This tells us that \( \bf L \) is in the plane of the rectangle, and makes an angle 90° - \( \theta \) with the \( x\)-axis, or q with the \( y\)-axis, and it rotates around the vector \( \boldsymbol\tau \). \( \boldsymbol\tau \) is perpendicular to the plane of the rectangle, and of course the change in \( \bf L \) takes place in that direction. The torque does no work, and \( \boldsymbol\omega \) and \( T\) are constant. The reader might find an analogy in the situation of a planet in orbit around the Sun in a circular orbit.. The planet experiences a force that is always perpendicular to its velocity. The force does no work, and the speed and kinetic energy remain constant.

    The torque on the plate can be represented as a couple of forces exerted by the bearings on the plate, each of magnitude \( \frac{\tau_{3}}{2\sqrt{a^{2} + b^{2}}}, \) or \( \frac{m(a^{2}-b^{2})}{6(a^{2}-b^{2})^\frac{3}{2}}\omega^{2} \) Forces exerted by the plate on the bearings are, of course, in the opposite direction.

    Example \(\PageIndex{2}\)

    Figure IV.6 shows a disc of mass \( m\), radius \( a\), spinning at a constant angular speed \( \omega\) about at axle that is inclined at an angle \( \theta \) to the normal to the disc. I have drawn three body-fixed principal axes. The \( x\)- and \( y\)- axes are in the plane of the disc\boldsymbol; the direction of the \( x\)-axis is chosen so that the axle (and hence the vector \( \boldsymbol\omega \) ) is in the \( zx\)-plane. The disc is evidently unbalanced and there must be a torque on it to maintain the motion.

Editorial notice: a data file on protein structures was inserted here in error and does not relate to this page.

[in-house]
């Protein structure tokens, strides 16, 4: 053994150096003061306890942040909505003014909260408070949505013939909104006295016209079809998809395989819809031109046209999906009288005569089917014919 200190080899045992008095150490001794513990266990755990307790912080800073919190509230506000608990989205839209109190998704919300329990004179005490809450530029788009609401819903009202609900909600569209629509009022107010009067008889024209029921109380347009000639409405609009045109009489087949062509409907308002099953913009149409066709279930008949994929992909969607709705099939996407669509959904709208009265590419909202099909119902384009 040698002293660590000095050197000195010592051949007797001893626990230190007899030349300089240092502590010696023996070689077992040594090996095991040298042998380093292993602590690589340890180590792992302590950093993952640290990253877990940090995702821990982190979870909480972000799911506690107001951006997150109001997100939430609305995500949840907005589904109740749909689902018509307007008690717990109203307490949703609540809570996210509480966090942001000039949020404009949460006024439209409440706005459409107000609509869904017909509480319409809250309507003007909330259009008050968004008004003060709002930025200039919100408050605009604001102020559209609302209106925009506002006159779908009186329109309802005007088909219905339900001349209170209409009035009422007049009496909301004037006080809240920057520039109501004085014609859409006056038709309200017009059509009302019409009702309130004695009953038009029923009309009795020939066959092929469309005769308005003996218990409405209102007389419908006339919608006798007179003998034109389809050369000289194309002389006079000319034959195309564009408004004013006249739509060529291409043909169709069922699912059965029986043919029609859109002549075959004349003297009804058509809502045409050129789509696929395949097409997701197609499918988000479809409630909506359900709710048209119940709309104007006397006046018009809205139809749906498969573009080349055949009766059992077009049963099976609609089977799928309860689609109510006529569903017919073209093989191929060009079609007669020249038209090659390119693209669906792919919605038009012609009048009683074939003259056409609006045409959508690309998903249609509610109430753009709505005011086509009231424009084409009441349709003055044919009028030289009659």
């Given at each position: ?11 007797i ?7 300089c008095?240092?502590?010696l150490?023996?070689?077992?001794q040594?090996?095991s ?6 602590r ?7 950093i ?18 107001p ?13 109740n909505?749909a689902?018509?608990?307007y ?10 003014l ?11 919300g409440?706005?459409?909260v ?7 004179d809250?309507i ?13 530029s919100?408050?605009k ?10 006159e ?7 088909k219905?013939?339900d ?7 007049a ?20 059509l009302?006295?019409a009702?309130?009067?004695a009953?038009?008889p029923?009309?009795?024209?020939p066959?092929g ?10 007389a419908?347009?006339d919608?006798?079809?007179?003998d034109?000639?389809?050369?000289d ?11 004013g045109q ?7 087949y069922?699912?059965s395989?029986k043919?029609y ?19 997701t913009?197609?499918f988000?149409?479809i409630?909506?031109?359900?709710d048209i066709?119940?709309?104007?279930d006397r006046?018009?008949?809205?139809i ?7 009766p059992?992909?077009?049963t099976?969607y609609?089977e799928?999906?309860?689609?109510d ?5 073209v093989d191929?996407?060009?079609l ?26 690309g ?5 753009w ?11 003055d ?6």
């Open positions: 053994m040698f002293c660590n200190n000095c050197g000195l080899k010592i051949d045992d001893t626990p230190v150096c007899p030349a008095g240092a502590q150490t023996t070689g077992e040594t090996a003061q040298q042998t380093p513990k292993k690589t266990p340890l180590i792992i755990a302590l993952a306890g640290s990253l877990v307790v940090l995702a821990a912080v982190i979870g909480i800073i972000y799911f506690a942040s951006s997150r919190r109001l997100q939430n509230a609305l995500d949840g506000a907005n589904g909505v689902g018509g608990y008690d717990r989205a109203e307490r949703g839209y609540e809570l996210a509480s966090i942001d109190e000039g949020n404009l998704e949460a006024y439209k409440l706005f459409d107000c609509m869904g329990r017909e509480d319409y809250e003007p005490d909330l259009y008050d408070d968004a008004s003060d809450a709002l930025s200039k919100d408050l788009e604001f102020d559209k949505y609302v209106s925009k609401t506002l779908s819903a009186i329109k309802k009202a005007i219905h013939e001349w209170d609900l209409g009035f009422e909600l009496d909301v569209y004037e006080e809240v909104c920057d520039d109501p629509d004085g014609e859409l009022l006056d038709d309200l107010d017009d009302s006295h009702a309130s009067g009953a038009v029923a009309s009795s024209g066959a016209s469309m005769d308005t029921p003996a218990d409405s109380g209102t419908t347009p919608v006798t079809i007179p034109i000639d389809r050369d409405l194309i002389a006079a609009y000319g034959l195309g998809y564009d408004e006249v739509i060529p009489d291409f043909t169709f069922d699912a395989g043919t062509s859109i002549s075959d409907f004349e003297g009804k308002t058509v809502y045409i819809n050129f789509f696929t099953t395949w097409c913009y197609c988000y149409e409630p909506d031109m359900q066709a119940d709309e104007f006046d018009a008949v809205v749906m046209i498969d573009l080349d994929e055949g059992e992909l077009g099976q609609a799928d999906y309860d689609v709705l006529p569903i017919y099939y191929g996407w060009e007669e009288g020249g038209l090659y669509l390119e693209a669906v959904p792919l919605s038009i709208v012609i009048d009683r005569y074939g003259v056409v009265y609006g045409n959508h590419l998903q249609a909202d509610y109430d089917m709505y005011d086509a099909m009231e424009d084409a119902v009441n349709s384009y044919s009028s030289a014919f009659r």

Since \( \boldsymbol\omega \) is constant, all components of \( \dot{ \boldsymbol\omega} \) are zero, so that Euler’s Equations are

    \( \tau_{1}= (I_{3} - I_{2})\omega_{3}\omega_{2}, \)

    \( \tau_{2}= (I_{1} - I_{3})\omega_{1}\omega_{3}, \)

    \( \tau_{3}= (I_{2} - I_{1})\omega_{2}\omega_{1}, \)

    Now \( \omega_{1} = \omega \sin \theta , \omega_{2} = \omega \cos \theta , I_{1} = \frac{1}{4} ma^{2} , I_{2} = \frac{1}{4} ma^{2}, I_{3} = \frac{1}{1} ma^{2} \)

    Therefore \( \tau_{1} = \tau_{3} = 0, and \tau_{2} = - \frac{1}{4}ma^{2}\omega ^{2}sin\theta cos\theta = -\frac{1}{8}ma^{2}\omega^{2}sin2\theta \)

    (Check, as always, that this expression is dimensionally correct.) Thus the torque acting on the disc is in the negative \( y\)-direction.

    Can you reconcile the fact that there is a torque acting on the disc with the fact that is it moving with constant angular velocity? Yes, most decidedly! What is not constant is the angular momentum \( \bf{L}\), which is moving around the axle in a cone such that \( \dot{\bf L} = -\tau_{2} { \bf j} \), where \( \bf{j}\) is the unit vector along the \( y\)-axis.